Dog bone is primary circuit and is live when bike is on, all current used on any part of the bike flows through this fuse, the circuits get sub divided by other smaller amp fuses and this dog bone is to protect the wiring from the 2 sources of power, battery and alternator. Placing the meter tells you what current is flowing in that particular wire, so if you want current flow for the whole system, put it on the wires from the main fuse.

If your amp gauge is direct hook up and uni directional it must be installed + to + and it has a total load of current, do not exceed that load limit. If it is zero centered keep the flow to match the + and - so when current flows in the right direction it indicates a + flow. An ammeter with a shunt actually carries little current but is a micro volt meter and measures the volts at the shunt, allowing you to measure large amounts of flow.

You could also mount an AC meter and tie into the 3 yellow AC wires, but the use of 3 AC volt meters or switching arrangements and a single AC meter could be used. It all depends on what you want to monitor.
 

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I basically want to monitor the draw of the entire system. it is a zero centered ammeter. Which means B terminal goes toward the battery and L terminal goes toward the fuse box. I just have to figure out which direction the current flows. What I will doto determin that is to remover the dogbone fuse, turn the key on and see which side is hot. that will be battery side. I can connect the volt meter at the acc terminals.

I'm thinking that optimally the ammeter will read either zero or just slightly in the green (push) side of it's range. Is this correct?
 

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Go for it, if wrong change the connection because it is zero centered you can't damage the needle. As the current flows the needle will be right of zero or center, convention indicates right side is positive flow or current being sent from the source. But it is your bike and you can have it any way you want it.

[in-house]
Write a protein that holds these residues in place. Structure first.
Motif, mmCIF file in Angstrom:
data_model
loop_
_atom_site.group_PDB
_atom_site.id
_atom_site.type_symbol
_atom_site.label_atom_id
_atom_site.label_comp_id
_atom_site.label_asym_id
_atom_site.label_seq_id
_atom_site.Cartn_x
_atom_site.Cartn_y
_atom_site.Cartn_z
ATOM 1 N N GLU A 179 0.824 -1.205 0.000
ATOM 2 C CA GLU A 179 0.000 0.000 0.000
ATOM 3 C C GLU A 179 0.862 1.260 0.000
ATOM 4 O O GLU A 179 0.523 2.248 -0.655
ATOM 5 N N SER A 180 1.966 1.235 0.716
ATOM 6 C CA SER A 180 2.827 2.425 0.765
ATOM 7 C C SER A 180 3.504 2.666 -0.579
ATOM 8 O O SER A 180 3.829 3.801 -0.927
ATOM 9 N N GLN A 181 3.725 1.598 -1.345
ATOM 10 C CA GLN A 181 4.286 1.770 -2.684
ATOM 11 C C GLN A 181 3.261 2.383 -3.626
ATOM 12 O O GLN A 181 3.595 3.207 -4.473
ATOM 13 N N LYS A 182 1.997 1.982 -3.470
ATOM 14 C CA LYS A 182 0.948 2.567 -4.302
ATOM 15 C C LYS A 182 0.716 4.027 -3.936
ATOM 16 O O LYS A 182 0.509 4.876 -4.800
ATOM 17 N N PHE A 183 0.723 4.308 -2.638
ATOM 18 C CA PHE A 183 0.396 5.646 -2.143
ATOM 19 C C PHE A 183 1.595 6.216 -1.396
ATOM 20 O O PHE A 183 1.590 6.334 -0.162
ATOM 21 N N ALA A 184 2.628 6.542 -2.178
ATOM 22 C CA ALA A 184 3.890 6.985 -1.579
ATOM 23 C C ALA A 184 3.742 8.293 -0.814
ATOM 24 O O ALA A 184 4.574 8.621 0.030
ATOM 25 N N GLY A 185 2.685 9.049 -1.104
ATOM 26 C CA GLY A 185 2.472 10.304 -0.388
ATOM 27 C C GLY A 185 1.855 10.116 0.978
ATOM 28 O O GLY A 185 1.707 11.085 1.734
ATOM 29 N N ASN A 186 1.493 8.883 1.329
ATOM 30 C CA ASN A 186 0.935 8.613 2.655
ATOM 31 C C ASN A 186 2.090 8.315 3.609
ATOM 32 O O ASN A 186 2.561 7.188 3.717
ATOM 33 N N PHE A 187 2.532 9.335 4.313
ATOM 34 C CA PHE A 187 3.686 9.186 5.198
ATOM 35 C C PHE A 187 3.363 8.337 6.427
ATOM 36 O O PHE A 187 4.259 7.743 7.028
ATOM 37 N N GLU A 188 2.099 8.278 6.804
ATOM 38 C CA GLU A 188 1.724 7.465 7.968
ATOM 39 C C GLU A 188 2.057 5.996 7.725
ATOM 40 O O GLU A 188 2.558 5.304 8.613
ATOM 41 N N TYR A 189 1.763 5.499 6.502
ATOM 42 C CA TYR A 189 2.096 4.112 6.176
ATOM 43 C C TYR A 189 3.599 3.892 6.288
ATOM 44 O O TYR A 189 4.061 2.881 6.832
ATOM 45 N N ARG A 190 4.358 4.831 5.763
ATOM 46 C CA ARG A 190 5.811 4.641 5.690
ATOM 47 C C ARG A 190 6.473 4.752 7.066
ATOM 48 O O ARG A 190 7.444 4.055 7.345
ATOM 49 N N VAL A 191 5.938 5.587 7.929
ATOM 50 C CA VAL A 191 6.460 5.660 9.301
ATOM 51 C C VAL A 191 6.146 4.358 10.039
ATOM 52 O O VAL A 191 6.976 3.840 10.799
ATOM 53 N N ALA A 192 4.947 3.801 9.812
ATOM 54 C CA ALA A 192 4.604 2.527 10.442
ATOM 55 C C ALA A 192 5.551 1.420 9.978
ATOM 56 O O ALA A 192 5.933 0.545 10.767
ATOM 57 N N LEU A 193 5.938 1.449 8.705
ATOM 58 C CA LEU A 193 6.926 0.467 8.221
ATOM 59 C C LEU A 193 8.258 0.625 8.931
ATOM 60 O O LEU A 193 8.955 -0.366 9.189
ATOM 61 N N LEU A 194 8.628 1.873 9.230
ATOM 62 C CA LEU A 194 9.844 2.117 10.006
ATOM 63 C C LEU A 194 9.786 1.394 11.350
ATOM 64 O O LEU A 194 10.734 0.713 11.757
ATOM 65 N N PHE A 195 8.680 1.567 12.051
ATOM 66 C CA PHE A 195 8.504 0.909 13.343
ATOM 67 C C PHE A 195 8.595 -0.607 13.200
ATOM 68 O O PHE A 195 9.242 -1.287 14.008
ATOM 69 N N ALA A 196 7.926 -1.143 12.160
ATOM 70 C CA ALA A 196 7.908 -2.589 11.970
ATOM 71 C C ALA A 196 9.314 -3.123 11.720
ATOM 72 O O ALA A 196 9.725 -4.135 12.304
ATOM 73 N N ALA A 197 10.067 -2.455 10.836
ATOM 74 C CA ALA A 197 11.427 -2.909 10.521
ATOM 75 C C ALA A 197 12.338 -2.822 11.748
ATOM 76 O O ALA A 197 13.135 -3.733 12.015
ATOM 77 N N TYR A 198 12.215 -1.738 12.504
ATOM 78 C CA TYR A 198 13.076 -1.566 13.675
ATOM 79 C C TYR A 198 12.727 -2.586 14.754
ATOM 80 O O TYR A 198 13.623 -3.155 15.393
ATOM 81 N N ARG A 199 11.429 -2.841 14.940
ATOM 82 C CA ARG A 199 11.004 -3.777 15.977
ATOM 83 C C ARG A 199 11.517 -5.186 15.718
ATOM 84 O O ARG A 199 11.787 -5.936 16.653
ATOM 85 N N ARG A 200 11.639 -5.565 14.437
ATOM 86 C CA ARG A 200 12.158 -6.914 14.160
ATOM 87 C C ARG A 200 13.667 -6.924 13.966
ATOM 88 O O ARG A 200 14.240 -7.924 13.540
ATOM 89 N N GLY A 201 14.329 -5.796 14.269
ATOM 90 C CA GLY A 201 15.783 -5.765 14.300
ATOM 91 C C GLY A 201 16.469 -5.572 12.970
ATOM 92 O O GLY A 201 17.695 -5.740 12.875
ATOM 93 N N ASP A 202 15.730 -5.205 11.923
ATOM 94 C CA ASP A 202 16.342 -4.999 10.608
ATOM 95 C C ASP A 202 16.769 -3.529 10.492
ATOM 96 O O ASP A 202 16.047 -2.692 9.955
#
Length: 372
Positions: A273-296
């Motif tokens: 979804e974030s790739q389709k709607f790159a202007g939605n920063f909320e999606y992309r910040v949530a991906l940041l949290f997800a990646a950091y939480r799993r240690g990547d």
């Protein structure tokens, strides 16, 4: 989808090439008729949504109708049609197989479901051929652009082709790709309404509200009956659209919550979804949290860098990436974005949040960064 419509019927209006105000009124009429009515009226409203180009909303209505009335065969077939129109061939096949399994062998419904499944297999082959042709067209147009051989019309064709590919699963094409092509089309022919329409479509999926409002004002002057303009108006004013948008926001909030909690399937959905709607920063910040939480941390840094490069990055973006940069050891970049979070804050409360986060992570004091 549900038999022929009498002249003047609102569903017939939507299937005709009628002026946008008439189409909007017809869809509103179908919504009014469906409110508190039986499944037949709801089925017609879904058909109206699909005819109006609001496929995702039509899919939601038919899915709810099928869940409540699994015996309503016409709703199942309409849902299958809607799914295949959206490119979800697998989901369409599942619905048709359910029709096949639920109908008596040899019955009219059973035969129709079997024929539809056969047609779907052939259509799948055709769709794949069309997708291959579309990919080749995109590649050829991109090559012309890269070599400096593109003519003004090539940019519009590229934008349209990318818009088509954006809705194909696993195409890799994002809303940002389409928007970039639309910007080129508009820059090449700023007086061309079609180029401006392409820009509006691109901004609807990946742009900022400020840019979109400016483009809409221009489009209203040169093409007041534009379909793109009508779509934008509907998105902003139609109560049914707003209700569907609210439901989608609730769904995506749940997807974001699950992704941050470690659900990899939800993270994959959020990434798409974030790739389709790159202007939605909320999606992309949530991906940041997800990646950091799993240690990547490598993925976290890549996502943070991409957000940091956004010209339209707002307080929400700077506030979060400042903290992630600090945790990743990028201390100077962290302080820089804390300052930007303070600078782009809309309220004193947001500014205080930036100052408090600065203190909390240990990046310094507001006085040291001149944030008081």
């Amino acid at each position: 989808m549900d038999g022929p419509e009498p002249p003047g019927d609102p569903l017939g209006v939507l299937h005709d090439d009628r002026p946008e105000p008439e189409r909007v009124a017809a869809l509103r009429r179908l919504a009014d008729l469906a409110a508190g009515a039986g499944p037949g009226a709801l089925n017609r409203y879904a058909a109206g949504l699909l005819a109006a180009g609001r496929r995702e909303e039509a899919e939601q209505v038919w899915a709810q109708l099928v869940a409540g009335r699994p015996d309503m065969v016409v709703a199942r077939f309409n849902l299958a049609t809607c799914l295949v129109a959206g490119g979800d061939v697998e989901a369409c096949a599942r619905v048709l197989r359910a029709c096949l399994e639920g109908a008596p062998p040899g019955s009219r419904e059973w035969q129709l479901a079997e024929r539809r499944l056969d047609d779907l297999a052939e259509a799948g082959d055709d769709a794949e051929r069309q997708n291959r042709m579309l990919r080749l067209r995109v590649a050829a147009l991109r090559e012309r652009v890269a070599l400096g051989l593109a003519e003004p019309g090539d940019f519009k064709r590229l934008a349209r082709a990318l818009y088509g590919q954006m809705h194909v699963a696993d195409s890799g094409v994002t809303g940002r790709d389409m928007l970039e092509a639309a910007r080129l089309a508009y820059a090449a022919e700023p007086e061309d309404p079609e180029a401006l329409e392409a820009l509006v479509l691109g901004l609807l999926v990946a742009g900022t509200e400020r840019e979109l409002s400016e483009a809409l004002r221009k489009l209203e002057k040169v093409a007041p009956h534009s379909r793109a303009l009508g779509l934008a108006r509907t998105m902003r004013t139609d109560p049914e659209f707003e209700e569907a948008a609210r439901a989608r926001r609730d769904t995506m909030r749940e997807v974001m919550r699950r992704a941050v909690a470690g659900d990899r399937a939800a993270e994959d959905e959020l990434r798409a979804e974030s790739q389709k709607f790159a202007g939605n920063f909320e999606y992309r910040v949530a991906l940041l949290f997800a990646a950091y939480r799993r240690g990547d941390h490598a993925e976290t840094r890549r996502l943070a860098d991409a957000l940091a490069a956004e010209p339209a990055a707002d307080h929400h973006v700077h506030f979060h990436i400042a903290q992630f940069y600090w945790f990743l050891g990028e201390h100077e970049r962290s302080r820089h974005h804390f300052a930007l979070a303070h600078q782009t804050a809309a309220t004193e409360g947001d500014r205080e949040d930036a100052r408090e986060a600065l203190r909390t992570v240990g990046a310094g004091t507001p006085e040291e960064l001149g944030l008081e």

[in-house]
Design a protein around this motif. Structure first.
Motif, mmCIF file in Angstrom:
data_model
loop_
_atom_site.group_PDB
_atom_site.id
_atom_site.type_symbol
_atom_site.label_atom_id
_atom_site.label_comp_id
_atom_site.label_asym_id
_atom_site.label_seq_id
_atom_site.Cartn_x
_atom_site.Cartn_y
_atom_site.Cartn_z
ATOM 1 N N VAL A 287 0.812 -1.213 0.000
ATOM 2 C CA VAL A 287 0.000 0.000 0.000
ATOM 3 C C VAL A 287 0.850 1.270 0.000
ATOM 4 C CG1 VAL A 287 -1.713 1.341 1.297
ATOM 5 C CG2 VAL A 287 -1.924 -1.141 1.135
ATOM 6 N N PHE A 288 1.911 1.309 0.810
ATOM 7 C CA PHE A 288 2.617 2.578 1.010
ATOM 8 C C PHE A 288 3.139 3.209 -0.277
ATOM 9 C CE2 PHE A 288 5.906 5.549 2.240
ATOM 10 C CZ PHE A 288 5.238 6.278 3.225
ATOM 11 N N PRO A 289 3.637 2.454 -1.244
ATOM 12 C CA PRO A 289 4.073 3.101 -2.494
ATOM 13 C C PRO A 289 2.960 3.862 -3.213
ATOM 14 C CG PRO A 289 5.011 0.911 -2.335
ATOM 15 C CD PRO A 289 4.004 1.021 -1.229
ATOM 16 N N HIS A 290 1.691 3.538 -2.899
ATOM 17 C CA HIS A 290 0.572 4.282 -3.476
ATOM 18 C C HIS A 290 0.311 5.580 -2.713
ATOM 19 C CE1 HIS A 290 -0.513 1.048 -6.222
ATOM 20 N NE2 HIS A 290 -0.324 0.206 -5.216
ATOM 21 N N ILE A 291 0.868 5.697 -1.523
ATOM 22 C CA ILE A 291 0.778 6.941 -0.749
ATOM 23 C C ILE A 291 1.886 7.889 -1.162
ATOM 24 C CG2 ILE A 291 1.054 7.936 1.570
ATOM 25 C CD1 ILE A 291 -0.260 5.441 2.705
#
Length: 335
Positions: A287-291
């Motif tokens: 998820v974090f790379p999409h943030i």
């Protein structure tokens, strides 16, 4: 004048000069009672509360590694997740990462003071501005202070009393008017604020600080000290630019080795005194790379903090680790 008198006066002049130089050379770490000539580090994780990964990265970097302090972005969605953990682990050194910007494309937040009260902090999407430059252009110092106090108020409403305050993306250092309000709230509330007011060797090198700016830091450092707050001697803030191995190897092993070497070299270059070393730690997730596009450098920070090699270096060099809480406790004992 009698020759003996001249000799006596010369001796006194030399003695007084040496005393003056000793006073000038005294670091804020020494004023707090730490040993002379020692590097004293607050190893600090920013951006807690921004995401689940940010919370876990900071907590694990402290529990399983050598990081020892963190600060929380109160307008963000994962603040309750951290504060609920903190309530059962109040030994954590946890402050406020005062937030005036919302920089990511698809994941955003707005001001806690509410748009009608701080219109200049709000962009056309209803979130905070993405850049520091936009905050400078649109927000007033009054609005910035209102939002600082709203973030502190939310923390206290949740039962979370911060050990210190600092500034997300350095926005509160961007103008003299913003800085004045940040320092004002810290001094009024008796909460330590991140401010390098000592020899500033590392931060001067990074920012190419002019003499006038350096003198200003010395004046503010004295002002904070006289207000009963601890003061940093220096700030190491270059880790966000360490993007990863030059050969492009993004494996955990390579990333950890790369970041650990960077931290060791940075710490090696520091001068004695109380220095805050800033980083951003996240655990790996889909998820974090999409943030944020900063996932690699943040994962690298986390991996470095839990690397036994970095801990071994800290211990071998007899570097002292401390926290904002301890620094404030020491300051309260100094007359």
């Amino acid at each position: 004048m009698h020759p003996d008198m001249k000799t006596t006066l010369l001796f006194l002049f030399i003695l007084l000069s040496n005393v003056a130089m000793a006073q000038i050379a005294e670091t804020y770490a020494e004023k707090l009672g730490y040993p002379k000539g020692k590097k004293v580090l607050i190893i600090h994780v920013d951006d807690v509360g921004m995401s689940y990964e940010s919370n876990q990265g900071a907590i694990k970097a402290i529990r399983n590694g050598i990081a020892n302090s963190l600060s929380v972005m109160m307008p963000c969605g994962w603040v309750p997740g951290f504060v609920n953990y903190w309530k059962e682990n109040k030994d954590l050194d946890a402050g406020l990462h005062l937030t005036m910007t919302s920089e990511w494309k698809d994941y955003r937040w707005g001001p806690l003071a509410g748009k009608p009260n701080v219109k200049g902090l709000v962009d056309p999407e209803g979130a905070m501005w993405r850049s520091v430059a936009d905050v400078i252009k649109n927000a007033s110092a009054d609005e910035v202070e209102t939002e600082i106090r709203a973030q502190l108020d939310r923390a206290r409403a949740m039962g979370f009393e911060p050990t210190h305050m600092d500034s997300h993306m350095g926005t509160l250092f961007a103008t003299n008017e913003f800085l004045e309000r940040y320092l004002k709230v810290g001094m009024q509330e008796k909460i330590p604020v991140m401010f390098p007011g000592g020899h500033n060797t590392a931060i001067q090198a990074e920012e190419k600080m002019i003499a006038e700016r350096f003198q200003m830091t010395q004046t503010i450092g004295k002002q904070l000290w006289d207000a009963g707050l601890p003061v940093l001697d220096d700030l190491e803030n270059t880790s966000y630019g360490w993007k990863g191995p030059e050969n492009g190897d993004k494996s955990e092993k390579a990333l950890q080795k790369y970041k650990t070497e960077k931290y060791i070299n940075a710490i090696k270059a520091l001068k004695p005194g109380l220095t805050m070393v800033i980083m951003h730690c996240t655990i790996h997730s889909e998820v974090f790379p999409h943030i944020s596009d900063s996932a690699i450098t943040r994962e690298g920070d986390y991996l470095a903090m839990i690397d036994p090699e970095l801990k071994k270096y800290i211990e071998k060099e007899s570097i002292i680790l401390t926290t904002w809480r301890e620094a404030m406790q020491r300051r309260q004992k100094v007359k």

Your system is 12 V 30 Amps, can the meter take 30 amps? If so your good.
 

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According to the diagram power goes from the battery to the positive side of the starter solenoid where the feed to the ignition switch comes from with the dogbone fuse. It will appear hot if checked at that point straight to ground, if checked on the other side of the ignition switch then it will be closed with the switch in the off position. Therefore you do a break of the line just past the dogbone fuse to install the amp meter. The meter shouldn't show anything but zero when the switch is off this way.
 

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What about putting in in line with the fuse. I've replaced the dogbone with a blade type fuse holder. Would it be bad to tie in there? Current would flow from one solenoid terminal to the fuse holder to the ammeter to to second terminal.

I can't see whare that would cause a problem but...you guys know this stuff better than I do.
 

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You can break into the main line just about anywhere you want. The shorter the run of lines to the gauge, the better.
 

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That's what I thought. I want to break in there because then I know I can get really good connections and if there is a problem there is easy access to it. Will install the ammeter on the left side of the fairing and the voltmeter on the right.
 

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You know we'll want pics when you have it completed.